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If you haven’t heard me talk about it enough yet, I bought a little house! With this, comes the opportunity to outgrow a lot of my college furniture and upgrade to things that I thoughtfully purchase and actually love.
I have re-done more chairs than many late 20-somethings and thought it would be fun to share how I went about re-finishing my dining room chairs. First off, I need to brag on the Lexington, KY Restore for a second. They are so fantastic and I scored all six of these chairs for a mere $12 total. You read that right– solid wood antique chairs for $2 a piece. With a little love, elbow grease, and a great sander I cannot be happier with the finished product.
Two of the chairs have fabric cushions. While the rose print is all that and a bag of chips, I decided on something a little more neutral. I went to a local fabric store and found some plain olive-gray fabric that I thought would be neutral enough to go with anything.
The first step is sanding. Sand, sand, sand, and —- you guessed it —- sand. This is where having a sander such as the Black and Decker Mouse Sander from Target. For under $40, this is a wonderful tool to have on hand. I prefer the sanders with the pointed edge to be able to get into smaller spaces more effectively than round ones. While different sanders are used for different purposes, this one is a great purchase because it can do just about everything you need.
After doing most of the hard work with an electric sander, you need to go into the detail parts that a sander just can’t reach with an equal grit sand paper. If your chairs are painted, then you can use a liquid stripper if the sand paper is not working effectively. Always use gloves with this as it will burn if it comes in contact with your skin. If you decide to paint your wood chairs (sad day) then a light sanding will do, but use a coarser paper to get something for the paint to grip on to.
For recovering fabric chairs, you need approximately 1/4 yard per seat cushion, or more if you are covering the entire chair. If you are unsure take a photo to the fabric counter and they should be able to help you. Also, I like to staple the fabric in. Not only does it make for easy removal later, but it is SO EASY to do. I use a heavy duty stapler similar to this Stanley one from Target.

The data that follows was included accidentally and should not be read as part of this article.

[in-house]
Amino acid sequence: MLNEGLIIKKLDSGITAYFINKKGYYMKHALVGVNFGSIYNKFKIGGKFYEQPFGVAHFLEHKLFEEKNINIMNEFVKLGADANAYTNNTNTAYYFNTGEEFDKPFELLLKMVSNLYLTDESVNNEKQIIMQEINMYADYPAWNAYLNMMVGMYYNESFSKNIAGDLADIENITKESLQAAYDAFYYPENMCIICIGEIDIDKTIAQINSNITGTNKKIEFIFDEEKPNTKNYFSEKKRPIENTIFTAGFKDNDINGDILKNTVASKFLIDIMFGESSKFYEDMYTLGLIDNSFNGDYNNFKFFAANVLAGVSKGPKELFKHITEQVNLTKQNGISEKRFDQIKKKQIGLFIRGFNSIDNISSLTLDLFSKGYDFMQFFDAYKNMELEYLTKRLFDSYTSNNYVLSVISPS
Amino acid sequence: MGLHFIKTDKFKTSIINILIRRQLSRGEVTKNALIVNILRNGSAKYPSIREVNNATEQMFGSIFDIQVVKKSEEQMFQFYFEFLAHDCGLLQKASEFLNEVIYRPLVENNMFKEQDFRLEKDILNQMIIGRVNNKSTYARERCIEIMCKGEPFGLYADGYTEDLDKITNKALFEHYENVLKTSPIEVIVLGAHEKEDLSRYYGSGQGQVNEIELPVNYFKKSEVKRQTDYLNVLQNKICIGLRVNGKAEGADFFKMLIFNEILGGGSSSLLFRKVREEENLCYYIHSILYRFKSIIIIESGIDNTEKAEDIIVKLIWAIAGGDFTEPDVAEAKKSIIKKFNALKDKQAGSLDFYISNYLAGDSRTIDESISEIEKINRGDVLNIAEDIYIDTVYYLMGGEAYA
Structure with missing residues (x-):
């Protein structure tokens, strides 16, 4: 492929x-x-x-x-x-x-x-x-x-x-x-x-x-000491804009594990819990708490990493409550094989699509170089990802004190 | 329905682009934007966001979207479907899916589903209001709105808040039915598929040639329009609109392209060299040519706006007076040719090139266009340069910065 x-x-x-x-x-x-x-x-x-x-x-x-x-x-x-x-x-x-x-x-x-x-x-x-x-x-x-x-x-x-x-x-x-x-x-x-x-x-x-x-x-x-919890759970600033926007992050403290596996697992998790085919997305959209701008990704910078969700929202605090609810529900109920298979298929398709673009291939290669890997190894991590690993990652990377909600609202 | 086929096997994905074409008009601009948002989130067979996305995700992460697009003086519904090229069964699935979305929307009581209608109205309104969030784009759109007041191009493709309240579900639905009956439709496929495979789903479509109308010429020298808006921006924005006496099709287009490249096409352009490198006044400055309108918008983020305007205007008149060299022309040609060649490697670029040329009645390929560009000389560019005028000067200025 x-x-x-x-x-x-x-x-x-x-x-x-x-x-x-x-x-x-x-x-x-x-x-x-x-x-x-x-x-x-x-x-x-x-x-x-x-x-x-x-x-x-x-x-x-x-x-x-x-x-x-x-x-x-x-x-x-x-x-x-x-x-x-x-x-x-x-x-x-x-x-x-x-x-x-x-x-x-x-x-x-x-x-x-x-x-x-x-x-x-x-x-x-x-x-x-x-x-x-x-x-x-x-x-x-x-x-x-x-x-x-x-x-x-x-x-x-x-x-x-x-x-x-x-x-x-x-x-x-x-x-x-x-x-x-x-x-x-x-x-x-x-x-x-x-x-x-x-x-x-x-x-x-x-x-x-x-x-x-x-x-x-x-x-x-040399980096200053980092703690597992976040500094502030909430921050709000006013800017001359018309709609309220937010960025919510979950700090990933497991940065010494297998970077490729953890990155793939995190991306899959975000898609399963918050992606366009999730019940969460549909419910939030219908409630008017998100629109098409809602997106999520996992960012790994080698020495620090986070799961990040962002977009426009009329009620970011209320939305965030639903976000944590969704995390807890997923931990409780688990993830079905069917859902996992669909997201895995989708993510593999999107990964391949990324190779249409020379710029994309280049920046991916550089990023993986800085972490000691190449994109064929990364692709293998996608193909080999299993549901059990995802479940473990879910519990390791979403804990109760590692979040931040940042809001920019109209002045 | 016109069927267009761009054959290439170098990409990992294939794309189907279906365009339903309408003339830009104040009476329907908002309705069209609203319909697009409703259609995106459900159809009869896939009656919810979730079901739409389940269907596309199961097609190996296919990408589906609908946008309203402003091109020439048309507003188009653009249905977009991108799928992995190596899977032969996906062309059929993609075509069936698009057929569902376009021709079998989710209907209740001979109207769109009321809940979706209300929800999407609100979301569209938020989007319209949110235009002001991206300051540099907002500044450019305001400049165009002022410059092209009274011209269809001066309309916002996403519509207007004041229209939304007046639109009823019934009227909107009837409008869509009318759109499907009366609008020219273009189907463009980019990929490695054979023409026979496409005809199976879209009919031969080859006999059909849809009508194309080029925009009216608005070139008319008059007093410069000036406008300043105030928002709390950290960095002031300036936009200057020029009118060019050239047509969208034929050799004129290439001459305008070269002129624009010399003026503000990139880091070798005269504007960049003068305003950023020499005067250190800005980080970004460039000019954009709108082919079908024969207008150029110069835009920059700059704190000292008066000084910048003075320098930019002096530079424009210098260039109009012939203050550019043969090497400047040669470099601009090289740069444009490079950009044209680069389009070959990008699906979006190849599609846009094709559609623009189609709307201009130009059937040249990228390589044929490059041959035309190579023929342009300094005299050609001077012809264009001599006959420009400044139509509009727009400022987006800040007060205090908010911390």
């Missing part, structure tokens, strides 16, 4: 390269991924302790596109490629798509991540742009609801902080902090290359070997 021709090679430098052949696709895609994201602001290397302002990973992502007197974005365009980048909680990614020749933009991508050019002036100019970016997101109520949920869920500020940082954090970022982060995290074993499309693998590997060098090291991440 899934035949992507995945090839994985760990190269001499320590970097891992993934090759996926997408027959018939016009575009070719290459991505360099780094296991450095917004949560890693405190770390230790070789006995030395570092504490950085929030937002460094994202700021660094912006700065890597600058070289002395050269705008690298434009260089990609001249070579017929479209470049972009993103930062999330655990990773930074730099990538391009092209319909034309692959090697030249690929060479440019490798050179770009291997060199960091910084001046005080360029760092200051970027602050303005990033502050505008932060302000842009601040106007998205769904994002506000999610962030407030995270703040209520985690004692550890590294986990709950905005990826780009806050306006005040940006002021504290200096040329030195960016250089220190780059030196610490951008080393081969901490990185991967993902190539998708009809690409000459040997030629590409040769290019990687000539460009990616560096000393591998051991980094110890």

For these particular chairs, I needed a backer-board to be able to effectively cover the seats. Nate came in super handy with this and cut out a piece of scrap wood in order for me to have something to staple the fabric to. In the video below you can see exactly how I affixed this wood piece to the bottom of the seat. This not only will allow me to EASILY change out the fabric, but it also made fixing this cushion extremely time-efficient. Nate used a jig saw to cut out the wood pieces, if you do not have a handy boyfriend or someone who could cut this out for you, you can always have Lowes cut out a square surface for you and then round the corners using your sander. It would take some time, but it wouldn’t require buying another tool that you may not have at your disposal.
I purchased two 2-inch foam pads (one for each seat) and a single bag of cotton fill from a local hobby-craft store. The foam pieces are really easy to trim to fit the seat, and the cotton is just used to fluff the edges so its not as ‘square’.
Check out the video below, and bear with me, its my first attempt at using video footage. Let me know if you prefer DIY videos with text explanations like this one, or if you prefer the format of text-and-photo-only blog posts that I have been doing.